Antonin Dvořák was born in 1841, the son of a village butcher and innkeeper in the village of Nelahozeves, near Kralupy, in Bohemia, and some forty miles north of Prague. It was natural that he should follow the example of his father and grandfather by learning the family trade, and to this end he left school at the age of eleven. There is no record of his competence in butchery, but his musical abilities were early apparent, and in 1853 he was sent to lodge with an uncle in Zlonice, where he continued his schooling, learning German and improving his knowledge of music, rudimentary skill in which he had already acquired at home and in the village band and church. Further study of German and of music at Kamenice, a town in northern Bohemia, led to his admission, in 1857, to the Prague Organ School, from which he graduated two years later.
In the year that followed, Dvořák earned his living as a viola-player in a band under the direction of Karel Komsak which was to form the nucleus of the Provisional Theatre Orchestra, established in 1862. Four years later Smetana was appointed conductor of the opera-house, where his Czech operas The Brandenburgers in Bohemia and the Bartered Bride had already been performed. It was not until 1871 that Dvořák resigned from the theatre orchestra, to take a wife and a position as an organist and support himself by additional private teaching, while busy on a series of compositions that gradually became known to a wider circle.
Further recognition came in 1875 with the award of a government grant, through the agency of the critic Eduard Hanslick and of Brahms. With the encouragement of the latter came opportunities for the wider dissemination of his music and Dvořák was to win particular popularity with his Moravian Duets, followed by the first set of Slavonic Dances, originally also for piano duet. There were visits to Germany and to England, and a series of compositions that secured him an unassailable position in Czech music and a place of honour in the larger world.
Early in 1891 Dvořák became professor of composition at Prague Conservatory. In the summer of the same year he was invited by Mrs. Jeannette Thurber, wife of a rich American grocer, to become director of the National Conservatory of Music in New York, a position he took up that autumn. Here it was hoped that he would establish a new American tradition of music, while serving as a distinguished figurehead for the new institution.
By 1895, in the course of a second two-year contract. Dvořák had had enough of America. In any case Mrs. Thurber had found it difficult to pay him as regularly as she should have done. Returning to Europe, he resumed his duties at the Prague Conservatory of which he was to become nominal director in 1901, able to spend most of his time at his country retreat with his family and his pigeons. He died on 1 May. 1904.
Dvořák wrote nine symphonies, variously numbered, since he tried to discard earlier attempts at the form, undertaken in 1863. The last of the symphonies, published as No.5, but in fact the ninth. has the explanatory title "From the New World". It was written in the early months of 1893 and first performed at Carnegie Hall on 16th December of the same year by the New York Philharmonic Orchestra under Anton Seidl. It was an immediate success.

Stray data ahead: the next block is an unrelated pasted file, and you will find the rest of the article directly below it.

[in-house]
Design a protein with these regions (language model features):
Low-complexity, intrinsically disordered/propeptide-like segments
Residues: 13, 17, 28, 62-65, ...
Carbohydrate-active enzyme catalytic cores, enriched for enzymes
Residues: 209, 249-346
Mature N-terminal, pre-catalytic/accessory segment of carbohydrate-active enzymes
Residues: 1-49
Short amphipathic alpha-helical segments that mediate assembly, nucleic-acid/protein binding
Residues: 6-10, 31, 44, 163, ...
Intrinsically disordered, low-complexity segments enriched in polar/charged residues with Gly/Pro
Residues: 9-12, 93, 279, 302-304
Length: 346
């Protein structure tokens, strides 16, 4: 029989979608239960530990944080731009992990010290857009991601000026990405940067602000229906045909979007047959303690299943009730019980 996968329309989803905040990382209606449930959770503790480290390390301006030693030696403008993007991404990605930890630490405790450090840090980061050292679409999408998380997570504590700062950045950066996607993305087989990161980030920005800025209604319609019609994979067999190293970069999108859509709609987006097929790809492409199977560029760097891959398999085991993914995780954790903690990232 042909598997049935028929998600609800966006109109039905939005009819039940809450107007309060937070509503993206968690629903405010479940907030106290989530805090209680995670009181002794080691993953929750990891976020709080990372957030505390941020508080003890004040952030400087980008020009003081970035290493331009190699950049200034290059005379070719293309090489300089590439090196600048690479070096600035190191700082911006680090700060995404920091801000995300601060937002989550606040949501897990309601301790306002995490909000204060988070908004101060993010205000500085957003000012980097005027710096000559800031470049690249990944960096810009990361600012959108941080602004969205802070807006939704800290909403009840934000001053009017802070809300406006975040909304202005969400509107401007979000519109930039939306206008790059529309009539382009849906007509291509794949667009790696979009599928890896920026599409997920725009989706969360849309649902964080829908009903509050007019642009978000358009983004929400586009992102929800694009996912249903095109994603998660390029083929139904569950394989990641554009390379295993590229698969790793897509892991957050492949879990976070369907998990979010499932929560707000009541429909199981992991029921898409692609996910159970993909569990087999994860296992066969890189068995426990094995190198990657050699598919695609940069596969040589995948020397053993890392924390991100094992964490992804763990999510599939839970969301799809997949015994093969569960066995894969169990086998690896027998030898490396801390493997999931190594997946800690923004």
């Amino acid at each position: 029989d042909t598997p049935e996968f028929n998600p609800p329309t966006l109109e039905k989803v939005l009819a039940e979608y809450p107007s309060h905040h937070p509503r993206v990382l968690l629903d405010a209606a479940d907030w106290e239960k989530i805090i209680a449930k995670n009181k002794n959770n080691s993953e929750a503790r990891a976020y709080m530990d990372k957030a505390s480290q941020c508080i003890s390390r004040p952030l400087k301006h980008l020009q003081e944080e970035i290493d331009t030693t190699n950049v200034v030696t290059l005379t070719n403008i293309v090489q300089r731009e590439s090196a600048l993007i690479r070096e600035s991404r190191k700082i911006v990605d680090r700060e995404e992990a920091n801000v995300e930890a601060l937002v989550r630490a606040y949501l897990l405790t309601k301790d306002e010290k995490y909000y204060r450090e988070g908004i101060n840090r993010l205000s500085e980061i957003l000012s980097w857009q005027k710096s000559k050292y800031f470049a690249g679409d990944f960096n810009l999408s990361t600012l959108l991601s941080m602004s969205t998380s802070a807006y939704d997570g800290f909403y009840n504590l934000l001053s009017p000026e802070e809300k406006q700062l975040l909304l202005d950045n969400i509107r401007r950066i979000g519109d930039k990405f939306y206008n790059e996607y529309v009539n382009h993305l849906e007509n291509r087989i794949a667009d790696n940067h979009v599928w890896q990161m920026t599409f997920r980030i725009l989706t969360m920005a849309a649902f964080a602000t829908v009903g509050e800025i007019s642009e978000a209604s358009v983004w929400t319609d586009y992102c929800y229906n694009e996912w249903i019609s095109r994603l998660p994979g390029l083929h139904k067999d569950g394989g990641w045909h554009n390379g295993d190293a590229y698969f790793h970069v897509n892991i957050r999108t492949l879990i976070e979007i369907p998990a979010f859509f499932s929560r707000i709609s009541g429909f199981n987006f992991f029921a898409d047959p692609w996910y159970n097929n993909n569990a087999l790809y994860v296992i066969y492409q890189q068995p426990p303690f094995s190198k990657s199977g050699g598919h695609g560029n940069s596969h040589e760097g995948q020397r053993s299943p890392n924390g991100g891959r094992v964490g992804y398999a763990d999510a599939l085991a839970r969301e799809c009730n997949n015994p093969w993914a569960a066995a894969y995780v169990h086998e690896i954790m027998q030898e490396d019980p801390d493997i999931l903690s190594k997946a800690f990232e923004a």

Dvořák was deeply influenced by America and by the Indian and Negro music he heard, as well as the songs of Stephen Foster. In Longfellow�s Song of Hiawatha he found an expression of American identity that also found a place in his symphony. He made it clear that all the themes were original, although shaped by the use of particular rhythmic and melodic features of music of the New World. Nevertheless the symphony retains an inevitable air of Bohemia.
Mrs. Thurber had hoped that Hiawatha might form the basis of an American opera from the composer she had hired. The slow movement of the symphony, with its famous cor anglais solo, is described by a note of the composer's as Morning, possibly the blessing of the cornfields in Longfellow's poem, rather than the burial in the forest that has been identified with the movement. The third movement is associated with Hiawatha's Wedding Feast, with the bridegroom. Whirling, spinning round in circles, Leaping o'er the guests assembled, energetic activity contrasted with a more properly Bohemian trio section. The final movement, with its references to what has passed, forms a brilliant conclusion, ending in the quietest possible sustained chord.
Dvořák's Symphonic Variations, Opus 78, were written in the late summer of 1877 and show the composer's particular ability in the form. It is said that the composition was in answer to a challenge from a friend to write variations on a theme that seemed impossible for the purpose, the male part-song �Já jsem husler� (I am a fiddler). The theme itself, baldly stated, is followed by twenty-seven variations of wit, ingenuity and remarkable invention, with a splendid command of the resources of the orchestra. The series ends with a fugue, followed by a series of episodes that establish a much less formal mood.
ReviewsDvorÃ¡k's ever-popular New World Symphony is given a marvellously colourful and faithful performance by the Slovak Philharmonic Orchestra under Stephen Gunzenhauser. ... Tempi are well-judged and the playing extremely respectable. - THE JOURNAL, November 1990